How long should I plan for my visit? Plan to spend a minimum of four hours at the park, though an entire day is more desirable if you wish to take advantage of the museum, film and cyclorama program, have a leisurely tour of the park and visit nearby attractions. Recently, visitors have spent an average of three and one half hours in the museum alone!

What kind of park tours are best for me? The park offers a number of battlefield tours that can be arranged at the Museum and Visitor Center. Tour the park with a Licensed Battlefield Guide in the convenience of your own vehicle or ride along with others on a tour bus accompanied by a guide (offered seasonally). There is a fee for a guided tour. We also offer self-guiding auto tours and tours on compact disk, which can be purchased at the museum book store. Commercial bus tours of the park are available through companies in Gettysburg.

Thursday, 21 November 2013 00:00

Gordon Biersch Brewery

Located in Southeast Washington, south of the Capitol, along the fast-developing Capitol Riverfront and only one block from Nationals Park, Gordon Biersch is the place to be in the Navy Yard neighborhood.

Published in Night Life
Thursday, 21 November 2013 00:00

Great Falls Park

Great Falls Park is a small National Park Service (NPS) site in Virginia, United States. Situated on 800 acres along the banks of the Potomac River in northern Fairfax County, the park is a disconnected but integral part of the George Washington Memorial Parkway. The Great Falls of the Potomac River are near the northern boundary of the park, as are the remains of the Patowmack Canal, the first canal in the United States that used locks to raise and lower boats.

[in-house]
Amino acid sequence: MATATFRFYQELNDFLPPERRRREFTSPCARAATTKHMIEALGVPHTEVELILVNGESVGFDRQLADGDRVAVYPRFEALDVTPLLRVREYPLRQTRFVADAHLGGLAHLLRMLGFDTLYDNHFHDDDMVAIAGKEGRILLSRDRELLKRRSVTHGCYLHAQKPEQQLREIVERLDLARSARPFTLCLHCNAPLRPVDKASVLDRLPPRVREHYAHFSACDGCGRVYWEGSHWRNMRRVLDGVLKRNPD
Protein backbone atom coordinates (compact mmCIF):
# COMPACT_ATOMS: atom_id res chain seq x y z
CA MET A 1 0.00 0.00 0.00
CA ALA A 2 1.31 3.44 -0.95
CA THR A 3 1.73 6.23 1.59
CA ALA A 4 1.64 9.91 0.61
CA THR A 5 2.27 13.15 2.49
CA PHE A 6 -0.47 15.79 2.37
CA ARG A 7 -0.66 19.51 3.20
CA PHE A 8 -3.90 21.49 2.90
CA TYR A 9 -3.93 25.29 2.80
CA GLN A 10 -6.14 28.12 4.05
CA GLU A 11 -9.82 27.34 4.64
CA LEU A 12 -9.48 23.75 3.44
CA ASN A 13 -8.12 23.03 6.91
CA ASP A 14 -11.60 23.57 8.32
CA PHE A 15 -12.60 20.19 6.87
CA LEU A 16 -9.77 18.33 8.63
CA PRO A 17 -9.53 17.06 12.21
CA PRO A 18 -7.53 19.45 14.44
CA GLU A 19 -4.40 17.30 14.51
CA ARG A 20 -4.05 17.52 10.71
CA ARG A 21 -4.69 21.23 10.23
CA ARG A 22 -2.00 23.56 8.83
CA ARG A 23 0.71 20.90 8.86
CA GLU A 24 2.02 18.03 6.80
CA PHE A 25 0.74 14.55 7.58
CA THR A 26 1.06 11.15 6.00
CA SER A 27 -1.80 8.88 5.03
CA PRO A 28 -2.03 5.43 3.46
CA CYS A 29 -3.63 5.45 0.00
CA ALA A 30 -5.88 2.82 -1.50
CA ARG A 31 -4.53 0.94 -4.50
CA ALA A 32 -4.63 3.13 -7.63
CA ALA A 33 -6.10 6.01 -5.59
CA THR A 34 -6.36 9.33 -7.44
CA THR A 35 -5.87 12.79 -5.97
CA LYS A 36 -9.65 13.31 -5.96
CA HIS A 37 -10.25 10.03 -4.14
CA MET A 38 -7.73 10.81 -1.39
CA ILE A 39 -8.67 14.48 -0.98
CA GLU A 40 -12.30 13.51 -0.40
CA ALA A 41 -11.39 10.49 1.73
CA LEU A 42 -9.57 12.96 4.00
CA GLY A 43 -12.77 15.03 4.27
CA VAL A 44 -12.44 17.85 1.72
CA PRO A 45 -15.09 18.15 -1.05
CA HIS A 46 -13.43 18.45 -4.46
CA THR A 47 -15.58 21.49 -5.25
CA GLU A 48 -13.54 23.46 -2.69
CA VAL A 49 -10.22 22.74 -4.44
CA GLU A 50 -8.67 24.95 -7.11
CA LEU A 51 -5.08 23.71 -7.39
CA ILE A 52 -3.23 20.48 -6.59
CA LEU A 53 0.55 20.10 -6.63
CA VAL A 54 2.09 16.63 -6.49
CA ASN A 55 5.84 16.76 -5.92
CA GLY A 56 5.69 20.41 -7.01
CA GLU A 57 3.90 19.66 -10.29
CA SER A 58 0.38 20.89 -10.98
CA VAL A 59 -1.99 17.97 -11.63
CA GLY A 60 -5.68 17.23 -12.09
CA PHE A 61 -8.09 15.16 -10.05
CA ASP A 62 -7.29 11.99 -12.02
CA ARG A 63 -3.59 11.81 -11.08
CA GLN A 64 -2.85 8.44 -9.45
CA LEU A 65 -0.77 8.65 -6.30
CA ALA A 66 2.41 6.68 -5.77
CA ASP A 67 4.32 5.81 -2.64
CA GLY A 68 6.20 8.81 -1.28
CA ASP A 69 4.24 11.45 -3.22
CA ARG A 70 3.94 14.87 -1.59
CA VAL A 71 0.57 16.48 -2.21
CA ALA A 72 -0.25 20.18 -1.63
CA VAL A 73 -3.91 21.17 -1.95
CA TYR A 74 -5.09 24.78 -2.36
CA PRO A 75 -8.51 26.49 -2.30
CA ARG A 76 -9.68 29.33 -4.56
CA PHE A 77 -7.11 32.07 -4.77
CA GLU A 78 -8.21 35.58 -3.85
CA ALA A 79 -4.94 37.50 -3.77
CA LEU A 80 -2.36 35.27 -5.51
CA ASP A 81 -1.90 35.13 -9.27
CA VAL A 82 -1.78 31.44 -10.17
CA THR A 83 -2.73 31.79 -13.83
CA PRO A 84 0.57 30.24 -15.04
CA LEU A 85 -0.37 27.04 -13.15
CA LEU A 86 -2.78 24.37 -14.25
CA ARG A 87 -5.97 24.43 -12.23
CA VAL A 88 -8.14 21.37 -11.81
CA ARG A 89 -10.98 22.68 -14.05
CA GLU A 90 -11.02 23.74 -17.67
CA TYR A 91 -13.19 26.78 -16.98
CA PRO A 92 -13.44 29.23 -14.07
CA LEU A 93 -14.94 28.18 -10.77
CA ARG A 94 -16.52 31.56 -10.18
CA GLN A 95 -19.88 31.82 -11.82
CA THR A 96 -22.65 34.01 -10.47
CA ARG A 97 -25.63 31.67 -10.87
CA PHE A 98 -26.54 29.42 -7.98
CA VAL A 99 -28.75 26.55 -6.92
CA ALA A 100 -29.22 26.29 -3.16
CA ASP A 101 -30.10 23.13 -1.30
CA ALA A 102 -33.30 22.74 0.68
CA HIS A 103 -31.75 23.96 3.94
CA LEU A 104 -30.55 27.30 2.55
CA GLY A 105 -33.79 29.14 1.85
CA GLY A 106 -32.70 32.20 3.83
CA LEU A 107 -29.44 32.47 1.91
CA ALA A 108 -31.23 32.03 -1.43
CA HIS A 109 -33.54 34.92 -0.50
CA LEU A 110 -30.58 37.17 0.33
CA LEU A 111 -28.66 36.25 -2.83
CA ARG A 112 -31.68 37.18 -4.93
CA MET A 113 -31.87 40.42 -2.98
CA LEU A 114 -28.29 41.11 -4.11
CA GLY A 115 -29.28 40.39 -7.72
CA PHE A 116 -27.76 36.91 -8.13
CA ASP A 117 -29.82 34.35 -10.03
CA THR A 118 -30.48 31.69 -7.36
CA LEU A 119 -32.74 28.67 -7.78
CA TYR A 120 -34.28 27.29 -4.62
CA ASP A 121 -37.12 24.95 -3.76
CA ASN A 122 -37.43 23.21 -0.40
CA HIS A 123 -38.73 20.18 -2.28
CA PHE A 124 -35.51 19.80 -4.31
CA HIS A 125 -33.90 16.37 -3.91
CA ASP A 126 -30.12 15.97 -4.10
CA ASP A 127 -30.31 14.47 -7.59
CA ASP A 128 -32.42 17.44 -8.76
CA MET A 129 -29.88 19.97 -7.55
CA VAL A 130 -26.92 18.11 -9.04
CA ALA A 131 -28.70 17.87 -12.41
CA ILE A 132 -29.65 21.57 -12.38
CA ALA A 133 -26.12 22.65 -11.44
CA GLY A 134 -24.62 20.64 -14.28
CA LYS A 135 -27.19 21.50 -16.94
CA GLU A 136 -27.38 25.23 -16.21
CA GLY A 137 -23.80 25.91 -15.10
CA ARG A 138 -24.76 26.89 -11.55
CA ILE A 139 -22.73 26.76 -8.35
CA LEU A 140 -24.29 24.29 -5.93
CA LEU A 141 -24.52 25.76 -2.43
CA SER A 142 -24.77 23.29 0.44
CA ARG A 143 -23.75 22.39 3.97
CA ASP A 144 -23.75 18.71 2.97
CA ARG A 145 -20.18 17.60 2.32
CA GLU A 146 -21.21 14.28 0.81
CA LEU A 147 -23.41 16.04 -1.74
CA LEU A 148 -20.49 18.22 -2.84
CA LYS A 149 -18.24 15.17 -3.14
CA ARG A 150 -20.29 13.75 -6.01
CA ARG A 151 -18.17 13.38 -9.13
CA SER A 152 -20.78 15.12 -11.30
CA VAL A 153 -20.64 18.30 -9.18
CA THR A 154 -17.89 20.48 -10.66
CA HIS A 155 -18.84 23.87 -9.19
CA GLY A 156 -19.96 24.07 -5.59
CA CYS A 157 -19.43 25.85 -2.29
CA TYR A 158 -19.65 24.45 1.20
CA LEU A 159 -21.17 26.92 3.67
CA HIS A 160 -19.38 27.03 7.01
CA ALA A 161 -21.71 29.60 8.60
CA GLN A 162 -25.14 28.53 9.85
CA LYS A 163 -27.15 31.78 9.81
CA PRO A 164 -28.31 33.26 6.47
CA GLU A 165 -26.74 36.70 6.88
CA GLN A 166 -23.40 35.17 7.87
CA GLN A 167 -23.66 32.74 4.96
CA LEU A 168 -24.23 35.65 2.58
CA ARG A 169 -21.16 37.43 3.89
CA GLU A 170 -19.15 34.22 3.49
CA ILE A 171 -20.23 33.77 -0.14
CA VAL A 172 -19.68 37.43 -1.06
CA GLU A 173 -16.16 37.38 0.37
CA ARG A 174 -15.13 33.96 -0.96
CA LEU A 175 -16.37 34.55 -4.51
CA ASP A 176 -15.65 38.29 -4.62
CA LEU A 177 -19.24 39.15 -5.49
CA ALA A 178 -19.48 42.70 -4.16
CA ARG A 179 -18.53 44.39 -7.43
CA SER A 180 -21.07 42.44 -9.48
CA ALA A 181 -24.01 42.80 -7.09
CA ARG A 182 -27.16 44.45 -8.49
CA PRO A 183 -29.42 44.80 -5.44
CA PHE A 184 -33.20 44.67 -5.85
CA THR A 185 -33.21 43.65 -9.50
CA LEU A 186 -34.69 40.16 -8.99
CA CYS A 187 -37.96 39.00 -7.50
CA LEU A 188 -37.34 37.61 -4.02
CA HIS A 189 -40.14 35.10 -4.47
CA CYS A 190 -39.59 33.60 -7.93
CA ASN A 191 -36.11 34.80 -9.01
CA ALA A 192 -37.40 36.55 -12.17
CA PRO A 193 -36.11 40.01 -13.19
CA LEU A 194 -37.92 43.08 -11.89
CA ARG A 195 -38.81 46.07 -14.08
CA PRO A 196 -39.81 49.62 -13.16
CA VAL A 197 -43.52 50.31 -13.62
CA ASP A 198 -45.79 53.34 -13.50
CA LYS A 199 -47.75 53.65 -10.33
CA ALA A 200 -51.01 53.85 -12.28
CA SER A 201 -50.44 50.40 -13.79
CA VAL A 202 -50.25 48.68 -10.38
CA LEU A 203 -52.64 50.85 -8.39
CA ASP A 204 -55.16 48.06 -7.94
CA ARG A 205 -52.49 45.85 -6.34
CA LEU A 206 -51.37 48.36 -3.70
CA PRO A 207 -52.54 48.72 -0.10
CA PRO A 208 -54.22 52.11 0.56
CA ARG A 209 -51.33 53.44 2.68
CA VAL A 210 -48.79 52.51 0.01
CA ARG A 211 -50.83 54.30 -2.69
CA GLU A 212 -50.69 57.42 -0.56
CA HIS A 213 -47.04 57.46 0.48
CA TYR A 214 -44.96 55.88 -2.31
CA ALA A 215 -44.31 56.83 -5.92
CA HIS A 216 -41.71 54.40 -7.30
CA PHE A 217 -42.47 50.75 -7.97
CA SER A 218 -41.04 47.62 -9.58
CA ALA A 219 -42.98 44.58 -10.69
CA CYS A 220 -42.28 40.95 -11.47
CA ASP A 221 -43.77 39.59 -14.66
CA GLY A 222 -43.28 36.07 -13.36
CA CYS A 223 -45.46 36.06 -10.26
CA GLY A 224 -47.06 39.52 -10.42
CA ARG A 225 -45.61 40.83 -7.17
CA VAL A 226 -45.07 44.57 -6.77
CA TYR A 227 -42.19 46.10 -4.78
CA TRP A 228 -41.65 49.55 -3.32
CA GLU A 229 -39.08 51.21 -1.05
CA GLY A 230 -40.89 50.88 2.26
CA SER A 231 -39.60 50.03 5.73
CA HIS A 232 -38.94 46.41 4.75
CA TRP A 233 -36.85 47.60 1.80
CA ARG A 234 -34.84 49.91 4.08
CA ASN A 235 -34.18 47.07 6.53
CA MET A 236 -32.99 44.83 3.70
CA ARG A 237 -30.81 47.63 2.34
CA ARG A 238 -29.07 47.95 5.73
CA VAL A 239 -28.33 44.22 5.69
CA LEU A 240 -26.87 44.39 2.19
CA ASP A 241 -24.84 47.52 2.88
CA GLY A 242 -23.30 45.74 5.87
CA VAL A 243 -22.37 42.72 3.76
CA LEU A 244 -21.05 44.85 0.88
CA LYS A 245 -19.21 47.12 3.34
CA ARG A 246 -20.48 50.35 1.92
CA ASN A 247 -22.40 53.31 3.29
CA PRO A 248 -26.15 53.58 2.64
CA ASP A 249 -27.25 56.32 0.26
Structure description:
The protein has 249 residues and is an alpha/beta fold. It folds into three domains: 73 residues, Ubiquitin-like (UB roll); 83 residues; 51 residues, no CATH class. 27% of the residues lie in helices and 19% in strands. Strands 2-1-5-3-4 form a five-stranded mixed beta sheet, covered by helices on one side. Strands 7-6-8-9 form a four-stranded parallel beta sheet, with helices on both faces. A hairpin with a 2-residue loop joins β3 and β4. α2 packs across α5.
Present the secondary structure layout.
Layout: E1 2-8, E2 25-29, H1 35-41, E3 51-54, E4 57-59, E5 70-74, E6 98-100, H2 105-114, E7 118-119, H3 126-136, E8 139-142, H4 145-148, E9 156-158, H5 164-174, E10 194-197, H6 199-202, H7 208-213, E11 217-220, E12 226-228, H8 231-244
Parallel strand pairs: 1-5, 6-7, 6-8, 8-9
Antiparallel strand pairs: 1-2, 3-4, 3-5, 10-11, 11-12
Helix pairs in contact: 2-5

At Great Falls, the Potomac River builds up speed and force as it falls over a series of steep, jagged rocks and flows through the narrow Mather Gorge. The Patowmack Canal offers a glimpse into the early history of this country. Great Falls Park has many opportunities to explore history and nature, all in a beautiful 800-acre park only 15 miles from the Nation's Capital.

Wednesday, 20 November 2013 00:00

Harpers Ferry National Historic Park

A visit to this quaint, historic community, at the confluence of the Potomac and Shenandoah rivers, is like stepping into the past.  Stroll the picturesque streets, visit exhibits and museums, or hike our trails and battlefields. Spend a day or a weekend.  We have something for everyone, so come and discover Harpers Ferry!

Harpers Ferry is a historic town in Jefferson County, West Virginia, United States. It was formerly Harper's Ferry with an apostrophe and that form continues to appear in some references. It is situated at the confluence of the Potomac and Shenandoah rivers where the U.S. states of Maryland, Virginia and West Virginia meet. It is the easternmost town in West Virginia. The town is located on a low-lying flood plain created by the two rivers and surrounded by higher ground. Historically, Harpers Ferry is best known for John Brown's raid on the Armory in 1859 and its role in the American Civil War. The population was 286 at the 2010 census.